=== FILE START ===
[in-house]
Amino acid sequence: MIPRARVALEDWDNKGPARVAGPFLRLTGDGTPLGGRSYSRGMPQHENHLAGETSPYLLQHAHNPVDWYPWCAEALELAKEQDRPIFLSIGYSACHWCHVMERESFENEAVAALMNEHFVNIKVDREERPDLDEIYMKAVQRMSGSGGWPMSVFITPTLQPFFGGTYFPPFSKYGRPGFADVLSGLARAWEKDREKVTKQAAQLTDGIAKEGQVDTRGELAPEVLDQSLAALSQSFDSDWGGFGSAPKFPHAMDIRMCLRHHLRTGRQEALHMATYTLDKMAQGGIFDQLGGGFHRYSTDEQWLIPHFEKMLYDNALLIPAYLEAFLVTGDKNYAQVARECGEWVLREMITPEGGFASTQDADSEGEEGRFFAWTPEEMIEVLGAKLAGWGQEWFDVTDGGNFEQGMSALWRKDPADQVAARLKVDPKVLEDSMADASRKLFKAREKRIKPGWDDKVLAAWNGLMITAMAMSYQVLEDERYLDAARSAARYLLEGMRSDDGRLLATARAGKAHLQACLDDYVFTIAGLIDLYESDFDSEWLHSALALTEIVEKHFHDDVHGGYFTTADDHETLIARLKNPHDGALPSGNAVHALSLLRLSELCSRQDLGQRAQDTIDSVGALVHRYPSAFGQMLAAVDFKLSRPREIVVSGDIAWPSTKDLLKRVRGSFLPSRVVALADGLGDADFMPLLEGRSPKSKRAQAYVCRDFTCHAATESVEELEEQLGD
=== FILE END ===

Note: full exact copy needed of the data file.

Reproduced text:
[in-house]
Amino acid sequence: MIPRARVALEDWDNKGPARVAGPFLRLTGDGTPLGGRSYSRGMPQHENHLAGETSPYLLQHAHNPVDWYPWCAEALELAKEQDRPIFLSIGYSACHWCHVMERESFENEAVAALMNEHFVNIKVDREERPDLDEIYMKAVQRMSGSGGWPMSVFITPTLQPFFGGTYFPPFSKYGRPGFADVLSGLARAWEKDREKVTKQAAQLTDGIAKEGQVDTRGELAPEVLDQSLAALSQSFDSDWGGFGSAPKFPHAMDIRMCLRHHLRTGRQEALHMATYTLDKMAQGGIFDQLGGGFHRYSTDEQWLIPHFEKMLYDNALLIPAYLEAFLVTGDKNYAQVARECGEWVLREMITPEGGFASTQDADSEGEEGRFFAWTPEEMIEVLGAKLAGWGQEWFDVTDGGNFEQGMSALWRKDPADQVAARLKVDPKVLEDSMADASRKLFKAREKRIKPGWDDKVLAAWNGLMITAMAMSYQVLEDERYLDAARSAARYLLEGMRSDDGRLLATARAGKAHLQACLDDYVFTIAGLIDLYESDFDSEWLHSALALTEIVEKHFHDDVHGGYFTTADDHETLIARLKNPHDGALPSGNAVHALSLLRLSELCSRQDLGQRAQDTIDSVGALVHRYPSAFGQMLAAVDFKLSRPREIVVSGDIAWPSTKDLLKRVRGSFLPSRVVALADGLGDADFMPLLEGRSPKSKRAQAYVCRDFTCHAATESVEELEEQLGD